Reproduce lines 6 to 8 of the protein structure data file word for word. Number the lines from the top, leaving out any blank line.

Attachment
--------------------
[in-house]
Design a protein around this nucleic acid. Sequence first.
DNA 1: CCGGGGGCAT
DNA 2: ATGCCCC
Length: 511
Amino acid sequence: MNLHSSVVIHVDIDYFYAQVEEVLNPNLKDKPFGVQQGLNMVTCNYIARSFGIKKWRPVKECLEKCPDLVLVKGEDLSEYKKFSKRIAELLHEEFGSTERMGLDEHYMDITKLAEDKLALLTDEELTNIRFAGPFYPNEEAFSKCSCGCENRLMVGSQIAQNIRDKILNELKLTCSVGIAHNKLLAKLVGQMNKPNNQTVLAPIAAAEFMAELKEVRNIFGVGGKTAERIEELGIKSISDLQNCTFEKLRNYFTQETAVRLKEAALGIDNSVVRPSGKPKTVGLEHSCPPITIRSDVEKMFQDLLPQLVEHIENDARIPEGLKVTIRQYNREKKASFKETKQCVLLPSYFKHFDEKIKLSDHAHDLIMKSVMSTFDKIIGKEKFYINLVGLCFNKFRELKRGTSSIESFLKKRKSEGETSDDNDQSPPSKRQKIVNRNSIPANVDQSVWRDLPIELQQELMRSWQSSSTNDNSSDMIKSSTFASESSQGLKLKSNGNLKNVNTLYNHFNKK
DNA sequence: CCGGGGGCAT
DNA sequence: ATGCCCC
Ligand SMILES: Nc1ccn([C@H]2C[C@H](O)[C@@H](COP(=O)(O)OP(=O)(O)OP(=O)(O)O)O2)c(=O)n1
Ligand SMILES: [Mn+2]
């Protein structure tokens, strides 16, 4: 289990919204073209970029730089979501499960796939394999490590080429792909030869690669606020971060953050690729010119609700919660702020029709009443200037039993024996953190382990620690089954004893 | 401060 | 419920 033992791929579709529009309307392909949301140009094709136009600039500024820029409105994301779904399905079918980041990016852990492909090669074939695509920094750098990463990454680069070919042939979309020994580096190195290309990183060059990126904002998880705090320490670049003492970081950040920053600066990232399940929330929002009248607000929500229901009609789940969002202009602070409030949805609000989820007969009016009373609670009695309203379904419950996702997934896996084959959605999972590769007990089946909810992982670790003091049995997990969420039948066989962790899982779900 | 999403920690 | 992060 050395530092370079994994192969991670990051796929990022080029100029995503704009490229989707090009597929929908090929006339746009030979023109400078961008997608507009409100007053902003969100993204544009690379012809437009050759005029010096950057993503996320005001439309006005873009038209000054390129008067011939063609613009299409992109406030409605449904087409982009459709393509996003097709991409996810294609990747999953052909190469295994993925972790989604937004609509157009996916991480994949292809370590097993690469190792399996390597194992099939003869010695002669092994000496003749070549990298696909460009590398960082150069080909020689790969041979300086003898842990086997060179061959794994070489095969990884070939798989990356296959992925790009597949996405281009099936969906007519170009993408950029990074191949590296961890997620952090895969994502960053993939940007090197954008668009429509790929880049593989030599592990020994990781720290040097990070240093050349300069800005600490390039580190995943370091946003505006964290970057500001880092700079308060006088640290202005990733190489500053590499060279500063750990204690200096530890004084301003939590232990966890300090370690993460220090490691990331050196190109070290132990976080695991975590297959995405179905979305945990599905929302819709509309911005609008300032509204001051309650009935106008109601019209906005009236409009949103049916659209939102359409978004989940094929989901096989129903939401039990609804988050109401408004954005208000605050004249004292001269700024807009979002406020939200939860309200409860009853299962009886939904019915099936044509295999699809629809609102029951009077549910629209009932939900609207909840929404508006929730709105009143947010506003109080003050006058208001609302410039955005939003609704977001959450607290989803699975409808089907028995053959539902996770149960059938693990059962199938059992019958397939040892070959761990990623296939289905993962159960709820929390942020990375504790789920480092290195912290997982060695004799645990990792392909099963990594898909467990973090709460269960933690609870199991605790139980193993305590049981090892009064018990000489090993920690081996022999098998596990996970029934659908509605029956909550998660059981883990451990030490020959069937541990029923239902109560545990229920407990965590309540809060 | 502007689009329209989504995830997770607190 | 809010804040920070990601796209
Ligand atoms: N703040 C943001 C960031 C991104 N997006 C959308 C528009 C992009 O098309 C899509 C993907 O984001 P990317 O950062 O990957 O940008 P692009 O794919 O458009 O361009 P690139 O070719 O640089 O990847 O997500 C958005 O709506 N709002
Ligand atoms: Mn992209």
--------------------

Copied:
Amino acid sequence: MNLHSSVVIHVDIDYFYAQVEEVLNPNLKDKPFGVQQGLNMVTCNYIARSFGIKKWRPVKECLEKCPDLVLVKGEDLSEYKKFSKRIAELLHEEFGSTERMGLDEHYMDITKLAEDKLALLTDEELTNIRFAGPFYPNEEAFSKCSCGCENRLMVGSQIAQNIRDKILNELKLTCSVGIAHNKLLAKLVGQMNKPNNQTVLAPIAAAEFMAELKEVRNIFGVGGKTAERIEELGIKSISDLQNCTFEKLRNYFTQETAVRLKEAALGIDNSVVRPSGKPKTVGLEHSCPPITIRSDVEKMFQDLLPQLVEHIENDARIPEGLKVTIRQYNREKKASFKETKQCVLLPSYFKHFDEKIKLSDHAHDLIMKSVMSTFDKIIGKEKFYINLVGLCFNKFRELKRGTSSIESFLKKRKSEGETSDDNDQSPPSKRQKIVNRNSIPANVDQSVWRDLPIELQQELMRSWQSSSTNDNSSDMIKSSTFASESSQGLKLKSNGNLKNVNTLYNHFNKK
DNA sequence: CCGGGGGCAT
DNA sequence: ATGCCCC